Results from the present survey showed similar flock sizes and management practices in the village chicken production systems in the Coastal and Forest zone. Flock size ranged between 16 to 54 in the Coastal zone and 16 to 75 in the Forest zone. The data also showed an average ratio of one cock to three hens. Village chicken production is usually determined by key parameters such as clutches per year, number of eggs per clutch, hatchability and chick survival. Our study revealed a maximum of four clutches per hen per year in almost all villages in both zones with the number of eggs per clutch up to ten. Farmers usually used all eggs for incubation. However, hatchability was very low with an equally low chick survival rate. Predation (dogs eating eggs) and high ectoparasite infestation which greatly discouraged brooding were the major reasons for the poor hatchability rate. At the same time poor management practices such as poor housing facilities especially for chicks, exposed the hatched chicks to the adverse effects of weather (torrential rains) and predation. All the farmers interviewed acknowledged diseases as the biggest constraint to improvement of their rural chicken flocks. Among the diseases of village chickens, farmers rated Newcastle disease as the most devastating. Table IV showed that fowl pox was a major cause of mortalities especially among chicks with E. coli septicaemia and coccidiosis being of equal importance. However, farmers

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never implemented any measures to control disease except for using ashes in chicken houses against ectoparasites with little effect. In conclusion, it should be stressed that improvement of village chicken production requires a holistic approach focusing on both husbandry practices as well as health and disease control especially a strategic control programme of Newcastle disease. ACKNOWLEDGEMENTS The study formed part of the FAO/IAEA Co-ordinated Research Project on “Assessment of the Effectiveness of Vaccination Strategies Against Newcastle disease and Gumboro disease Using Immunoassay-based Technologies for Increasing Farmyard Poultry Production in Africa”. We would like to express our deep gratitude to the Director of the Veterinary Services Department, Dr. Mensah Agyen-Frempong, and to the Head of Accra Veterinary Laboratory, Dr. George Addo Opoku-Pare, whose guidance enabled the project to progress steadily. This work is dedicated to all the rural peoples on the African continent, whose well-being has necessitated the initiation of this project. REFERENCES [1] [2]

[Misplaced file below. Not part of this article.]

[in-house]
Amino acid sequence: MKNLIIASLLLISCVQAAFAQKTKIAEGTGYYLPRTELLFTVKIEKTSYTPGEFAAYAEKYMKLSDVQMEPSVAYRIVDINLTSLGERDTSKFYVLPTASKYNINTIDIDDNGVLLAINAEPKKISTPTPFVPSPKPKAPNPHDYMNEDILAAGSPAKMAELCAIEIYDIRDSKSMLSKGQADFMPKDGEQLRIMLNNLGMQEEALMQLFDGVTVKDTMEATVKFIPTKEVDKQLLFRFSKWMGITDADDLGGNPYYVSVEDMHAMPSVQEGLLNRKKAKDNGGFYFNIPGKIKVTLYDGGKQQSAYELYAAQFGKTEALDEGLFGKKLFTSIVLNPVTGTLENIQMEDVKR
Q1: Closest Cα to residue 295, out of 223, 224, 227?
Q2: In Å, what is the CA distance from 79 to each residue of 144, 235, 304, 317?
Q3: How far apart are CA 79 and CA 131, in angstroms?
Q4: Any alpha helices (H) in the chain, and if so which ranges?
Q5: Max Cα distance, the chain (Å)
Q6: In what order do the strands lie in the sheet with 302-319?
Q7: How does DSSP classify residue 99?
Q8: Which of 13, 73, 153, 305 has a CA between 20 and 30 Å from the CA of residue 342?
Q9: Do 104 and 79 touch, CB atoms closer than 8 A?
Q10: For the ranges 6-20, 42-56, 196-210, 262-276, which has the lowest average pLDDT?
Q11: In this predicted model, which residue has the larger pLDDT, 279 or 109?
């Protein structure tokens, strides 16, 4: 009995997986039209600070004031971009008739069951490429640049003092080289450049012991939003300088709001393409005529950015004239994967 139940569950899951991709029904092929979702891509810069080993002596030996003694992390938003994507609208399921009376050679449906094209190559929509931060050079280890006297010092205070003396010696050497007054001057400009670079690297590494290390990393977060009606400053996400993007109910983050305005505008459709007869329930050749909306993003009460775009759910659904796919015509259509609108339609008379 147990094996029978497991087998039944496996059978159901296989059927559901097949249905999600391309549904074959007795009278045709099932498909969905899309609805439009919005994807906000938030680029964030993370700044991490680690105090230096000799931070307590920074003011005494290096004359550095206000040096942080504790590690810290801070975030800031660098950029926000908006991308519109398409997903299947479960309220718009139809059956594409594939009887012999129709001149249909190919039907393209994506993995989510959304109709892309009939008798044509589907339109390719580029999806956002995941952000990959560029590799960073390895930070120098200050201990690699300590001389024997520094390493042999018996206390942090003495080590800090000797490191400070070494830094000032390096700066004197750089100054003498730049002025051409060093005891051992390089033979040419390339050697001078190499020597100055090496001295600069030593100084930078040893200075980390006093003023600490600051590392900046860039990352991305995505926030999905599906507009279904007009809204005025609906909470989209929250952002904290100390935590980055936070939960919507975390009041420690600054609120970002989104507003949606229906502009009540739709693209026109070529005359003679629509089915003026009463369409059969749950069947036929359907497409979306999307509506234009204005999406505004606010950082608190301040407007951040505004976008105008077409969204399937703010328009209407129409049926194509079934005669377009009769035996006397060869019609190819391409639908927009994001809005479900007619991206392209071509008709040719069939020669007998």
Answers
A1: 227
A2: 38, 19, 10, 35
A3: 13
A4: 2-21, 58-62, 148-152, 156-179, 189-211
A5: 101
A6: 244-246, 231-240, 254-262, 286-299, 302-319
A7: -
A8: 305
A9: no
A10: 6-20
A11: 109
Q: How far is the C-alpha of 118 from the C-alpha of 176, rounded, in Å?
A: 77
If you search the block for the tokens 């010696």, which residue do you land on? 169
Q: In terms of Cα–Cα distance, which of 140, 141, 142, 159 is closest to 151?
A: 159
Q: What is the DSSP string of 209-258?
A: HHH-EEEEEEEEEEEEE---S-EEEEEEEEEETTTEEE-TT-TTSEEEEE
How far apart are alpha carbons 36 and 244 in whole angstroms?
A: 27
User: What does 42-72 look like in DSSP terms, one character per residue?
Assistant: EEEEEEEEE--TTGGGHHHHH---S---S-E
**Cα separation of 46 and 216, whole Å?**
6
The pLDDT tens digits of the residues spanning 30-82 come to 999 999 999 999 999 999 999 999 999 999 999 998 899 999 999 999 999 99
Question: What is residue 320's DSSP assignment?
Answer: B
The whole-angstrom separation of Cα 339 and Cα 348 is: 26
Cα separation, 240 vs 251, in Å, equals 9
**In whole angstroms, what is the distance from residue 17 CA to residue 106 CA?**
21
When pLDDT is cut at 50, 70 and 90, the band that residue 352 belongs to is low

FOOD AND AGRICULTURE ORGANISATION, Statistical database, FAO, Rome (1998). VETERINARY SERVICES DEPARTMENT, Controlling Newcastle disease in village chicken, Accra, Ghana (1998) 12 pp. [3] KITALYI, A.J., Village chicken production systems in Rural Africa, FAO Animal Health and production Paper 142, Rome (1998) 86 pp. [4] ALDERS, R., SPRADBROW, P., Newcastle Disease in village chickens, A field manual. Maputo, Mozambique (2000) 46 pp. [5] FOOD AND AGRICULTURE ORGANIZATION, Guidelines for the inclusion of improved household poultry production. Diversification component of the special programme for food security, FAO, Rome (1997) 76 pp. [6] CREEVEY, L.E., Supporting small-scale enterprises for women farmers in the Sahel, J. Int. Dev. 3 (1991) 355-386. [7] MATTHEWMAN, R.W., A survey of small livestock production at the village level in the derived Savanna and Lowland forest zones of South West Nigeria, Department of Agriculture and Horticulture, University of Reading, Study No. 24 (1977) 40-41. [8] MINGA, U.M., KATULE, A., MAEDA, T., MUSASA, J., Potential and problems of the traditional chicken industry in Tanzania. In: Proceedings of the Seventh Tanzanian Veterinary Association Scientific Conference, Arusha (1989) 207-215. [9] NEGESSE, T., A survey of internal parasites of local chickens of Southern Ethiopia, Indian Journal of Poultry Science 26 (1991) 128-129. [10] PERMIN, A., HANSEN, J.W., Epidemiology, diagnosis and control of poultry parasites, FAO, Rome (1998) 160 pp.